It was like a movie, watching the proceedings of the Ad Hoc Committee set up by the House of Representatives, to probe the hike of subscription rates by cable television service providers. The Chairman of the said Committee, Hon Unyime Idem, took me back to my Aluta days at Obafemi Awolowo University (Great Ife), roaring like a lion and reeling out the will of the people of Nigeria with such vehemence, on these shylock entities called cable television companies. The Committee had summoned the lameduck Nigeria Broadcasting Commission, NBC, which has for years unleashed a monopoly upon Nigerians, to milk us dry, without effective statutory regulation. NBC was asked to explain why DSTV and other cable service providers have blatantly and arrogantly refused to introduce pay as you view to their customers. For the avoidance of any doubt whatsoever, let me restate the status quo of this broadcasting brouhaha.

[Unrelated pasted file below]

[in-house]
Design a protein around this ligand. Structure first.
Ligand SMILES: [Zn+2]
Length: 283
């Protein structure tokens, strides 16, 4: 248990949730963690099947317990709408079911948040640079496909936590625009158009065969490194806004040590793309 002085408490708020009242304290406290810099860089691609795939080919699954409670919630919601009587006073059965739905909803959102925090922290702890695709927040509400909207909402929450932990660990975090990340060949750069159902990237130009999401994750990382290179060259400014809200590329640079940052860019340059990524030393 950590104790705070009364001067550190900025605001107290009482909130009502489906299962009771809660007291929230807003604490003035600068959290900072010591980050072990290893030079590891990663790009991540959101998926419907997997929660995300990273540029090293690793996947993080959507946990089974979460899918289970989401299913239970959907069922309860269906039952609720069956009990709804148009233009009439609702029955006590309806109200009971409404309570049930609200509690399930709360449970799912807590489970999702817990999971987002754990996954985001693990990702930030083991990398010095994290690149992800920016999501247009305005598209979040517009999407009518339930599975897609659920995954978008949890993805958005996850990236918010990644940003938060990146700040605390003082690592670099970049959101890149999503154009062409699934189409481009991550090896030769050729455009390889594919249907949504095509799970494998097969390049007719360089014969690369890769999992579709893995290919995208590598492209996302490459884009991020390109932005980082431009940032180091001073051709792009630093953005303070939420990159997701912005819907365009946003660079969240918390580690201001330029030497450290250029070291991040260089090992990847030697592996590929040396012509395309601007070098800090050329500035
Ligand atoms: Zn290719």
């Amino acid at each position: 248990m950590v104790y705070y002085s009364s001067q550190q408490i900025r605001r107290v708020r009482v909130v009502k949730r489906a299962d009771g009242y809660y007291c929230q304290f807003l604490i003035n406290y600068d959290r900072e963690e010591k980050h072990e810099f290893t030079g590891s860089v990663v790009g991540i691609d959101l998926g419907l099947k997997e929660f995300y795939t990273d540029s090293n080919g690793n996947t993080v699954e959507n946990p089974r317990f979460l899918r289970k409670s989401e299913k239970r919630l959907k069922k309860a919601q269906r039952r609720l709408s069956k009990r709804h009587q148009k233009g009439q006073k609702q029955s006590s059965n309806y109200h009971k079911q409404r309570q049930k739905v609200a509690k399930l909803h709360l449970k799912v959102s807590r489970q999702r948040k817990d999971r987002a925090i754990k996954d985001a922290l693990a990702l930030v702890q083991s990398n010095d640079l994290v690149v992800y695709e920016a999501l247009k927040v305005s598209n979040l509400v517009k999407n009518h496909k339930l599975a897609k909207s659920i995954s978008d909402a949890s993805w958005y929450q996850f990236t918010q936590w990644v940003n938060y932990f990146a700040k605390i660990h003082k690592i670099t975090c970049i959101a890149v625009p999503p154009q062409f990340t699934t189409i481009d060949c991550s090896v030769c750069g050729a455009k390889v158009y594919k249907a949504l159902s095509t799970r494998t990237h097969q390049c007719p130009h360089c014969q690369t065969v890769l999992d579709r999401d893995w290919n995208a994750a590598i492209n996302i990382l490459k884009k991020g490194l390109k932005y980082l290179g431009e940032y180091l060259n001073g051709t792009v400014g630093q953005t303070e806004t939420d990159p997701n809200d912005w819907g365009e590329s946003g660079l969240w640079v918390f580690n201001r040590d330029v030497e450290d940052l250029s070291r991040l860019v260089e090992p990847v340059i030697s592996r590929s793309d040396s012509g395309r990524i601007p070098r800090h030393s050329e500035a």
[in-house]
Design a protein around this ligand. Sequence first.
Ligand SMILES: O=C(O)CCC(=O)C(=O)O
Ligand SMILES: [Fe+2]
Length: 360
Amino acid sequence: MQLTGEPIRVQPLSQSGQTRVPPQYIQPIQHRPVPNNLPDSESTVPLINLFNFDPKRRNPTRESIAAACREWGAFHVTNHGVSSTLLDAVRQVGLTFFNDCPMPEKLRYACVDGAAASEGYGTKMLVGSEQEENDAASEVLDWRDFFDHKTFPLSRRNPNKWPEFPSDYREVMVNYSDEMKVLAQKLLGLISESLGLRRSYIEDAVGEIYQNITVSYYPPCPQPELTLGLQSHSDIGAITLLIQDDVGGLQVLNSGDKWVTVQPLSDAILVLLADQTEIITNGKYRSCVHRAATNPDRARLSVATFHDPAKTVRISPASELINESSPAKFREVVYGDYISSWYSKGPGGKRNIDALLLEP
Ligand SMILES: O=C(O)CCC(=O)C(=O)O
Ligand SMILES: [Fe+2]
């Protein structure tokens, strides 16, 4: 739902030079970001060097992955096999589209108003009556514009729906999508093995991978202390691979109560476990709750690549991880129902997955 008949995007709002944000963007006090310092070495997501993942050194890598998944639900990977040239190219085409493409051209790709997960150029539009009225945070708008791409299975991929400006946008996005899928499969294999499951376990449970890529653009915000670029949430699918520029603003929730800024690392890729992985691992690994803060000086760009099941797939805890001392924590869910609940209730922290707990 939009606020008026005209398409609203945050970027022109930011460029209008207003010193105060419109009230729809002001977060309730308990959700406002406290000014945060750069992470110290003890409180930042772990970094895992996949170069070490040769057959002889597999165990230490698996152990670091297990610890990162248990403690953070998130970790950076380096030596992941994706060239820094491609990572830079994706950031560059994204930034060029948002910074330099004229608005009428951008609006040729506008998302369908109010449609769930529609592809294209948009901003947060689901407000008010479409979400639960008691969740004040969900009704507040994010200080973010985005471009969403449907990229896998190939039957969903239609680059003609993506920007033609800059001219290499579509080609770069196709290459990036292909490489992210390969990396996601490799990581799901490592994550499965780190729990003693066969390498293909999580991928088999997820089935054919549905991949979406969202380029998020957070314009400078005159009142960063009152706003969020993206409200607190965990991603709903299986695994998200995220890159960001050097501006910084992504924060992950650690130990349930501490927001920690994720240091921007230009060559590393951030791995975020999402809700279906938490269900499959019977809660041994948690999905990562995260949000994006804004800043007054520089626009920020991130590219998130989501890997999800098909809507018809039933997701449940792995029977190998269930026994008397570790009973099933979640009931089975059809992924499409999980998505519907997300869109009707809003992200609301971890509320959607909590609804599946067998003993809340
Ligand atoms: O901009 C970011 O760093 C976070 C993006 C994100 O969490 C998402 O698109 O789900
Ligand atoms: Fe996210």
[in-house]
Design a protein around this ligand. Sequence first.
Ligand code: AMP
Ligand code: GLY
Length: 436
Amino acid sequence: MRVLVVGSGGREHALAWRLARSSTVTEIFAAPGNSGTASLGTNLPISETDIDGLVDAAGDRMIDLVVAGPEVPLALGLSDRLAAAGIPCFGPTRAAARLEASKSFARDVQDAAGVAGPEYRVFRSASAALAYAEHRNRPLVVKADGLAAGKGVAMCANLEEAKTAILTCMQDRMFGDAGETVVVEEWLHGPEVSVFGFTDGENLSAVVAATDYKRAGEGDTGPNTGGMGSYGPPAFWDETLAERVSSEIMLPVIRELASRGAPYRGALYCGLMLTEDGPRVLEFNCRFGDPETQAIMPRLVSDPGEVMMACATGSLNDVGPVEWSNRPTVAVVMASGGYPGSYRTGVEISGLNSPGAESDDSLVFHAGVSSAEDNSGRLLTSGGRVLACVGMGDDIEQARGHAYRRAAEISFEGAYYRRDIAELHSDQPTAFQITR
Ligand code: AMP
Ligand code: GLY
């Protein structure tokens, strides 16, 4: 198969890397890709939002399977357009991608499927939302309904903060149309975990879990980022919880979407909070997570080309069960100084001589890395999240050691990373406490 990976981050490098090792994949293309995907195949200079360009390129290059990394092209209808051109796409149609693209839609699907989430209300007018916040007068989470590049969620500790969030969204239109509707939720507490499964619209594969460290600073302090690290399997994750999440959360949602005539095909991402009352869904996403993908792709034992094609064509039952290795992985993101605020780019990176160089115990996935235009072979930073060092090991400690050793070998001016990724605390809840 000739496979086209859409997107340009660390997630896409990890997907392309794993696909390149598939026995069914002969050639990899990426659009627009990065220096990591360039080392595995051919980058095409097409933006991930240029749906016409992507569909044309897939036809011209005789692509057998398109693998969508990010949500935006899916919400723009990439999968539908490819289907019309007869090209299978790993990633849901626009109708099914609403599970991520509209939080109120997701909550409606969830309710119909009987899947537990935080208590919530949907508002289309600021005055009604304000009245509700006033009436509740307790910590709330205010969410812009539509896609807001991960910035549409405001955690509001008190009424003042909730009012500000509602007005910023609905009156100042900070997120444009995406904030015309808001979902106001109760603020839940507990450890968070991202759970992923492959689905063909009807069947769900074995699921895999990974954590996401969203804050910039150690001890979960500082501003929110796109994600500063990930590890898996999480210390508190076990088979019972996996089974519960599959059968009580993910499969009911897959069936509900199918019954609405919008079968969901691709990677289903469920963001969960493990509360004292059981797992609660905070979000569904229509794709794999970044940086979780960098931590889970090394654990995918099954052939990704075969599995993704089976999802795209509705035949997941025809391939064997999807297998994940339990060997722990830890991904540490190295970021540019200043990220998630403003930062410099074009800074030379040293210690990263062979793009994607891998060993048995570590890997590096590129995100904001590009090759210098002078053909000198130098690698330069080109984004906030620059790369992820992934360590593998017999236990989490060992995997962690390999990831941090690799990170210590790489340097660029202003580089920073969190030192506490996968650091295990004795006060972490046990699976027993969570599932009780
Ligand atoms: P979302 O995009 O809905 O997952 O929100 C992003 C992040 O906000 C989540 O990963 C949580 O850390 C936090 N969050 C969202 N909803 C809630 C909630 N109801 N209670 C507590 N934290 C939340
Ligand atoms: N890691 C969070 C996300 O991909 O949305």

The cable television service providers force their customers into a monthly regime of subscription, irrespective of the conditions of viewing, the quality of the service or even its availability. So, you pay for DSTV in your house for a whole month or a whole year, you pay for DSTV in your office, you pay for DSTV in your village, you pay for DSTV in your guest house in Abuja or anywhere else you have some presence. The cable television company keeps collecting money for dormant viewing or no viewing and keeps smiling to the bank everyday, upon the sweat and suffering of its customers. Not being God with the capacity to be omnipresent, a human being can only be at a single location at a given time. Whilst your television in the office is off at night or anytime you are not there, you keep paying for viewing nothing; when you travel outside Nigeria or you are away from your house or your office, you keep servicing the empty apartment through monthly or yearly payment. When you happen to pop in and you are ready to watch the television just may be once in a month, it would suddenly go off, due to bad weather, poor connection, thunderstorm or common rainfall, but you have paid to the company and you must keep paying. Thus, the situation with many Nigerians is that we are forced to subsidize the greed of the cable television service providers, which profit from services not rendered and they are not willing to change, taking this as some kind of windfall.